Maybe it was that I found the writing style to be a little too whimsical and jumpy for me. Or maybe it was that I already had preconceived notions for Alice and the characters in my head thanks to the movies, which I found to be a good deal different than the books.
Still, it was a trippy read and one that challenged me in ways that I didn’t really expect. And maybe I’d get it more if I was tripping on mushrooms or something while reading it.
Speaking of hallucinagenic drugs, it’s common to think that Carroll was doing some crazy drugs and that caused him to write this. Actually, Carroll was a well respected mathematician whose real name was Charles Lutwidge Dodgson, and he suffered from a rare neurological disorder that caused him to see hallucinations. So much for tripping on acid and writing one of the best known stories of all time.
If you want to read it, you can grab it here.
The Perfect Day Formula
I had a chance to meet Craig Ballantyne while I was in L.A. at The Fitness Business Summit a few weeks ago, which was huge for me because I’ve read Craig’s work for years. For those who don’t know, Craig is easily one of the most prolific and productive humans walking this gigantic rock hurtling through space.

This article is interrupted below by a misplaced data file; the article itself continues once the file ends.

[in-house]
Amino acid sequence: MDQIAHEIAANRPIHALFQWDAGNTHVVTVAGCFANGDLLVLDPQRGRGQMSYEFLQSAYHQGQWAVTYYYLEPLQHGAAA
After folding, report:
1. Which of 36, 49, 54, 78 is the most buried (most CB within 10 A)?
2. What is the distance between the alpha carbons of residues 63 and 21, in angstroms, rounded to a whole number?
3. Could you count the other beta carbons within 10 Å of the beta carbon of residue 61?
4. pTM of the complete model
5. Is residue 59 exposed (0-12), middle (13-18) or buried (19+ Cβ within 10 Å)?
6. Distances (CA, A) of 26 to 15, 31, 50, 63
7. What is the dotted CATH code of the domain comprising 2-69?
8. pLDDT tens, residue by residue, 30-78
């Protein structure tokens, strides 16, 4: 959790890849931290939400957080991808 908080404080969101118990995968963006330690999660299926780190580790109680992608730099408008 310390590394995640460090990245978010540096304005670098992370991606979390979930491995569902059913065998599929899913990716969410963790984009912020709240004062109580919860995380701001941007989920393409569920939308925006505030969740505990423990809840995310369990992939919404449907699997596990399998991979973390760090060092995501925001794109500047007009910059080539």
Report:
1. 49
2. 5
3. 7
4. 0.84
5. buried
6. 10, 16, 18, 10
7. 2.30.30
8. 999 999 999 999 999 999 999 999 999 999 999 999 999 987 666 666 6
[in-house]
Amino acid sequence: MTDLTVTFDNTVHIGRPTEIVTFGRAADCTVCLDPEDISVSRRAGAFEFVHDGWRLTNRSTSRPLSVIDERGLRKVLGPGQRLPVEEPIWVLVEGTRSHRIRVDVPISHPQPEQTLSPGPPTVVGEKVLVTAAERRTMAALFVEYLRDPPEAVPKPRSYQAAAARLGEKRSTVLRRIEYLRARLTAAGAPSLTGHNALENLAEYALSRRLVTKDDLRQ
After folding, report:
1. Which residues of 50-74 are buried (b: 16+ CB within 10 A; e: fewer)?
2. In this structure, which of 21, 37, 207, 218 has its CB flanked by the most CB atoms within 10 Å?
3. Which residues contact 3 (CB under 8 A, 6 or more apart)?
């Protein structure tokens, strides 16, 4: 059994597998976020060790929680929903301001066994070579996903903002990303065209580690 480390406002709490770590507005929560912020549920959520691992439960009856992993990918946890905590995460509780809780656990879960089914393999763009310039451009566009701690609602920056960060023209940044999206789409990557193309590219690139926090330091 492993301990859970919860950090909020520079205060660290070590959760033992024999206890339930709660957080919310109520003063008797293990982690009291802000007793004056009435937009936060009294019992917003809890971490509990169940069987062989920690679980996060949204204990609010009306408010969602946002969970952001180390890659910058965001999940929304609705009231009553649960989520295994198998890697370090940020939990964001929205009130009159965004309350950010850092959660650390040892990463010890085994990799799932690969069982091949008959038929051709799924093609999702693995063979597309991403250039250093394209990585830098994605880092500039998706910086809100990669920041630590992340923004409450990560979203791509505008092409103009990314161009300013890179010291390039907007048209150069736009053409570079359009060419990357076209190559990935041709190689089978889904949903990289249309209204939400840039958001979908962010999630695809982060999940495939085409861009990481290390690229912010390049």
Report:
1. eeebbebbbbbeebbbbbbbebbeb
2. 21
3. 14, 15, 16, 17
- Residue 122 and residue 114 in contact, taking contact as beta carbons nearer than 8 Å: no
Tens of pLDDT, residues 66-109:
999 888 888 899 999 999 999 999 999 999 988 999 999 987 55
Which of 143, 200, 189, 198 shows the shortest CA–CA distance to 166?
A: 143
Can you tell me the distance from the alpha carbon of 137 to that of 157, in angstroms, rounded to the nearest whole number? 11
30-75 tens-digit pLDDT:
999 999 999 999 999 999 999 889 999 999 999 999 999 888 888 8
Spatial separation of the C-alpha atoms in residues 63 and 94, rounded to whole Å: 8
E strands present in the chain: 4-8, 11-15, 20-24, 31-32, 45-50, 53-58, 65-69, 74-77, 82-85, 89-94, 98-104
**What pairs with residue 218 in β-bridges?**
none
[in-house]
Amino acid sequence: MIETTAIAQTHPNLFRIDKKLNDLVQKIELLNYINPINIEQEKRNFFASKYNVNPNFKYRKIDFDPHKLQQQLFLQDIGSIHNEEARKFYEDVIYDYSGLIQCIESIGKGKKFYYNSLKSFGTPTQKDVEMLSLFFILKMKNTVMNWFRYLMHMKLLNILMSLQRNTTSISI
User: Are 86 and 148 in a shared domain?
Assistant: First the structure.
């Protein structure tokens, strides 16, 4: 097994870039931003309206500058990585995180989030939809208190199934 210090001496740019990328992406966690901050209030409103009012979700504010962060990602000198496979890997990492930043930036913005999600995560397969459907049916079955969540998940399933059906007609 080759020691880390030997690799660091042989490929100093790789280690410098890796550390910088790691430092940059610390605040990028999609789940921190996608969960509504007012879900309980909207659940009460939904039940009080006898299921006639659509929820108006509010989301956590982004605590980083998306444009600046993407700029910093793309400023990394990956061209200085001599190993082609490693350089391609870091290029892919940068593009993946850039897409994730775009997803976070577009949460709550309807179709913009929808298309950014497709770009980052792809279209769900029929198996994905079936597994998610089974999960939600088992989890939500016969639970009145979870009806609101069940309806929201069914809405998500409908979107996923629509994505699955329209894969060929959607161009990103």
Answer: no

Wakes up at 4am, goes to bed at 8pm. Every single hour is structured, and the guy absolutely crushes everything he puts his mind to. This book is no exception.
The Perfect Day Formula is more or less a blueprint into why having routines and structure are massive to your success, and he outlines various strategies to build your own. And while that may sound like a typical self-help book, I didn’t find it to fit that mold at all.
The tone of the entire book is conversational, and you feel like you’re chatting with a mentor for 150 pages. I must’ve highlighted something every few pages, and marinated on various passages for days to come after I finished the book.
If you’re a creative, an entrepreneur, or someone who is looking to take their life to the next level this is a very quick and easy read that can help instill the value of routines, as well as help you build out your own. Definitely worth a read. You can grab it here.